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Automakers are bashing the EPA plan for emissions limits. Environmentalists contend ‘it isn’t enough’

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The U.S. government’s most ambitious plan ever to slash planet-warming greenhouse gas emissions from passenger vehicles faces skepticism both about how realistic it is and whether it goes far enough.

The Environmental Protection Agency in April announced new strict emissions limits that the agency says are vital to slowing climate change as people around the globe endure record-high temperatures, raging wildfires and intense storms.

The EPA says the industry could meet the limits if 67% of new-vehicle sales are electric by 2032, a pace the auto industry calls unrealistic. However, the new rule would not require automakers to boost electric vehicle sales directly. Instead, it sets emissions limits and allows automakers to choose how to meet them.

Even if the industry boosts EV sales to the level the EPA recommends, any reduction in pollution could prove more modest than the agency expects. The Associated Press has estimated that nearly 80% of vehicles being driven in the U.S. — more than 200 million — would still run on gasoline or diesel fuel.

Environmental groups say it’s not enough

Pointing to surging temperatures and smoke from Canadian wildfires that fouled the air over parts of the U.S. this summer, Dan Becker, director of the safe climate transport campaign at the Center for Biological Diversity, said: “We need to do a hell of a lot more.”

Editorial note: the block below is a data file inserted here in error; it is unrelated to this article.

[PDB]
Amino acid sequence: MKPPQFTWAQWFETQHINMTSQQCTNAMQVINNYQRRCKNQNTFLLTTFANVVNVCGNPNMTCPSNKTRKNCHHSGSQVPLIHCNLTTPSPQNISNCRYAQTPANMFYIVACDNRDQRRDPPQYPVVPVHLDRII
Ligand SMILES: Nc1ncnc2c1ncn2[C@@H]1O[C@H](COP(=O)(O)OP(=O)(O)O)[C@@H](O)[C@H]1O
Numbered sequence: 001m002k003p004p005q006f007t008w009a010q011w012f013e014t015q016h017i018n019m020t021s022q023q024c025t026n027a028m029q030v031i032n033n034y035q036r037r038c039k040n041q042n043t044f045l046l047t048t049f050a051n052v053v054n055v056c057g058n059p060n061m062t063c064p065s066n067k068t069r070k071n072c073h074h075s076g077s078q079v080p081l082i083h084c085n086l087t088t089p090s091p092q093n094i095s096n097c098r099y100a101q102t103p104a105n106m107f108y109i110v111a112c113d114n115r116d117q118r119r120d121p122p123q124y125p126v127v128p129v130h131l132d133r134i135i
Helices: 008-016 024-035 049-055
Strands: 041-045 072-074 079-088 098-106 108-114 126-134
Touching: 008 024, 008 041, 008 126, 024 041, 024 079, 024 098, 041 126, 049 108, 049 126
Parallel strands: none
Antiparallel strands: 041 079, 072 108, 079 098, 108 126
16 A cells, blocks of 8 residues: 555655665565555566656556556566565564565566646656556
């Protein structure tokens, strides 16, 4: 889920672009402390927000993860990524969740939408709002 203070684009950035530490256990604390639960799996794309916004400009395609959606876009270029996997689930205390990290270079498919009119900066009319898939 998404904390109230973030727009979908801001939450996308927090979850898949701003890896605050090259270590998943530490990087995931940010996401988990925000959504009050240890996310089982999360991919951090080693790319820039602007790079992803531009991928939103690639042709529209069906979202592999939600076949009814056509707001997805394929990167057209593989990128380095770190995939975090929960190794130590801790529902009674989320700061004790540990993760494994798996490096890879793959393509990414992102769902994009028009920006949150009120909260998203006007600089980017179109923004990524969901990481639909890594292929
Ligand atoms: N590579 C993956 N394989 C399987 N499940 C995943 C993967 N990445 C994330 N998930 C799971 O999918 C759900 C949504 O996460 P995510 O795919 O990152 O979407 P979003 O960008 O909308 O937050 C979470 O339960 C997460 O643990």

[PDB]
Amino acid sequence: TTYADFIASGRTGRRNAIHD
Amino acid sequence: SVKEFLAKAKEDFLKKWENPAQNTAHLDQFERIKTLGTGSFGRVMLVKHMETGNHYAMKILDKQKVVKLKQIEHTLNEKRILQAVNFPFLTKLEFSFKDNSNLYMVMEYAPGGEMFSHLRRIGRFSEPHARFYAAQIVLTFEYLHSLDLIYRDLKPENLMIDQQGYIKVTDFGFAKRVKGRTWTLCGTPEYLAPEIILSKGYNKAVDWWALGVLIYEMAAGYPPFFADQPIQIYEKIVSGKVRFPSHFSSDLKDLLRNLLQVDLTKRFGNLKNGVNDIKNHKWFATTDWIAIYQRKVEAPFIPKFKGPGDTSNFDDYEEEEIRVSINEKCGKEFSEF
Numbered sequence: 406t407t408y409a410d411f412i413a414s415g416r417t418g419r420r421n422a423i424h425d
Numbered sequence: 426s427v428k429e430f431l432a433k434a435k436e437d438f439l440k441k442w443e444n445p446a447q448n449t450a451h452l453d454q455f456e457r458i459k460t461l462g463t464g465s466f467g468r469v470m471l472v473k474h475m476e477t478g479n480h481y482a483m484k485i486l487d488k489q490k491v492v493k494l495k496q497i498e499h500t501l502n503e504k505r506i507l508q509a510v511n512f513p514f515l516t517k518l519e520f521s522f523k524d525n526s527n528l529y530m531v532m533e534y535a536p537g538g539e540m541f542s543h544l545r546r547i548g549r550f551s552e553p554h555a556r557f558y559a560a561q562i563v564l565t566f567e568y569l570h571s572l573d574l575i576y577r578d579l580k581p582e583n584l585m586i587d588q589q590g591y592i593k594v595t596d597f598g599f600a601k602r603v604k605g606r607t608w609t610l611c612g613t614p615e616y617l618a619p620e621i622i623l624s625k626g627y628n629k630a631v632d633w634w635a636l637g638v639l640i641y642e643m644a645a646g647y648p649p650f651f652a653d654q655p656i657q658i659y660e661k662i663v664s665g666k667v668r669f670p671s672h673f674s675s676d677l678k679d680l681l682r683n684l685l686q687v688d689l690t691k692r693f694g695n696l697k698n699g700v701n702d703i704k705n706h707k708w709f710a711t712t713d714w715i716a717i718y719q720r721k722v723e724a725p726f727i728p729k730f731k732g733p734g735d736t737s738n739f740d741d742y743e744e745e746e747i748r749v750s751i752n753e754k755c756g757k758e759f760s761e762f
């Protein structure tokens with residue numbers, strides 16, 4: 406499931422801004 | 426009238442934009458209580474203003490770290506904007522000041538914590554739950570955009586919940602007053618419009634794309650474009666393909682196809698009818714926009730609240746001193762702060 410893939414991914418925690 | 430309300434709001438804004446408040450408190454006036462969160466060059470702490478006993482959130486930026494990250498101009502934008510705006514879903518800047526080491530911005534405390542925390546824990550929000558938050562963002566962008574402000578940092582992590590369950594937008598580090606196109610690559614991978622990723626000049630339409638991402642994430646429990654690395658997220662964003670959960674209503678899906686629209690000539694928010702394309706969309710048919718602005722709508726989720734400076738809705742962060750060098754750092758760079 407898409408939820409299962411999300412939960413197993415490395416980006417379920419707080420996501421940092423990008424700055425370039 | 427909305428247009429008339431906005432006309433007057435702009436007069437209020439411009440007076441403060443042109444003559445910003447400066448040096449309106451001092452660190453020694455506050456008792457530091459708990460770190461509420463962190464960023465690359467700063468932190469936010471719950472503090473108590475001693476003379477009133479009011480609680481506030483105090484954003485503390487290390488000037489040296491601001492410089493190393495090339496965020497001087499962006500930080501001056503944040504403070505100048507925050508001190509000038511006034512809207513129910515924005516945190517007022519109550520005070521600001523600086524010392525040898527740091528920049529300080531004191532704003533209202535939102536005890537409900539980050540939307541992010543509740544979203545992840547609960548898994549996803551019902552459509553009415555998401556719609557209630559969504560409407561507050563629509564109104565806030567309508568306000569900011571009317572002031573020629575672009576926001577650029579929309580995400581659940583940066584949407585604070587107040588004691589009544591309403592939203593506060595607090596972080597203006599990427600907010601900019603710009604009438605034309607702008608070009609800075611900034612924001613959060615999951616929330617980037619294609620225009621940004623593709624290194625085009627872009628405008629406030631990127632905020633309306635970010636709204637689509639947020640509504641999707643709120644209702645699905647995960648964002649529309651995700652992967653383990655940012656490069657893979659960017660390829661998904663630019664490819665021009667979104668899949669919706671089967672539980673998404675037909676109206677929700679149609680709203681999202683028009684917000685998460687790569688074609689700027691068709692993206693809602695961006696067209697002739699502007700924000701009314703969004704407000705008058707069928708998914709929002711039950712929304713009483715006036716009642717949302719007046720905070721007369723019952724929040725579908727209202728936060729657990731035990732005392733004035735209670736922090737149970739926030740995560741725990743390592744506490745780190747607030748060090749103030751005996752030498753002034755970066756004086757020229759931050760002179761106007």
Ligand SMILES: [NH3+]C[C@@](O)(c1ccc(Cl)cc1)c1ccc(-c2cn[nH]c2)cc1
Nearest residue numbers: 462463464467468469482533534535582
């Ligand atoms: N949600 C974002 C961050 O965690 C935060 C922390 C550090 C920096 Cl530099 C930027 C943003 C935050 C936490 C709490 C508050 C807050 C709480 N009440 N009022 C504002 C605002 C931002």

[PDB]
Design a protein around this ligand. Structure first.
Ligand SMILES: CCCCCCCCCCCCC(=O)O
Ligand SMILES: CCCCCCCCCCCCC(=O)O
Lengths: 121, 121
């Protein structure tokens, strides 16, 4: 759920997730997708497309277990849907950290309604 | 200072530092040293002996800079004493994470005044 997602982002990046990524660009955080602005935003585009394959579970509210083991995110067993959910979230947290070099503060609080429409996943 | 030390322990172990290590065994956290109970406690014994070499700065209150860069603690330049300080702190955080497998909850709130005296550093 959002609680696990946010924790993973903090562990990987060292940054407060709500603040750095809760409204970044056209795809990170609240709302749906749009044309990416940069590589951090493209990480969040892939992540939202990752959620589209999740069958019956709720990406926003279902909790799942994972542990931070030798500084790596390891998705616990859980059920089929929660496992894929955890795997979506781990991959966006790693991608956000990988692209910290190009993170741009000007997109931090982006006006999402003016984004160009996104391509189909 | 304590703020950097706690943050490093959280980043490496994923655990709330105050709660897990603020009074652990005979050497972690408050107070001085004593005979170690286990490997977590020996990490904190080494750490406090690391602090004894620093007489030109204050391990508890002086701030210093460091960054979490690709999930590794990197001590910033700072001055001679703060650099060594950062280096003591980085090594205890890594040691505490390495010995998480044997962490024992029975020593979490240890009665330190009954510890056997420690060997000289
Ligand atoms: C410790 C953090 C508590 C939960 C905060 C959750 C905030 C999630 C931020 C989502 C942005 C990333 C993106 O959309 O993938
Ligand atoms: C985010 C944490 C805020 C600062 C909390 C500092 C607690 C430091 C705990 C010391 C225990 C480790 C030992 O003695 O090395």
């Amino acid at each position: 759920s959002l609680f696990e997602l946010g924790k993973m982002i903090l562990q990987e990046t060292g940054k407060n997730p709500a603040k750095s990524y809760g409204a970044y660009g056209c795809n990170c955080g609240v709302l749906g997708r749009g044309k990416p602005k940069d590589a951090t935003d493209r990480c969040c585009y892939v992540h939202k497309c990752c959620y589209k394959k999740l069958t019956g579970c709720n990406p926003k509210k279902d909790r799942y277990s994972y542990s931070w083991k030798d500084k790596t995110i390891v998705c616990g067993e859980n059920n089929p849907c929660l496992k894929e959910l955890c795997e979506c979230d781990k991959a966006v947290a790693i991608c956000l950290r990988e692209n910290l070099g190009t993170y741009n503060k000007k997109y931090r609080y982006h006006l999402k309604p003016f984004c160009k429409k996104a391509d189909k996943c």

He wants the EPA to slash emissions even further.

Carbon dioxide and methane levels in the atmosphere keep rising. Scientists say July will end up being the hottest month on record and likely the warmest human civilization has seen. The Earth is only a few tenths of a degree from the goal set out in the 2015 Paris Agreement on climate change of limiting warming to 1.5 degrees Celsius (2.7 degrees Fahrenheit) since pre-industrial times.

Though a panel of United Nations scientists said in March that there was still time to prevent the worst harm from climate change, the scientists said the world would need to quickly cut nearly two-thirds of carbon emissions by 2035 to avoid weather that is even more extreme.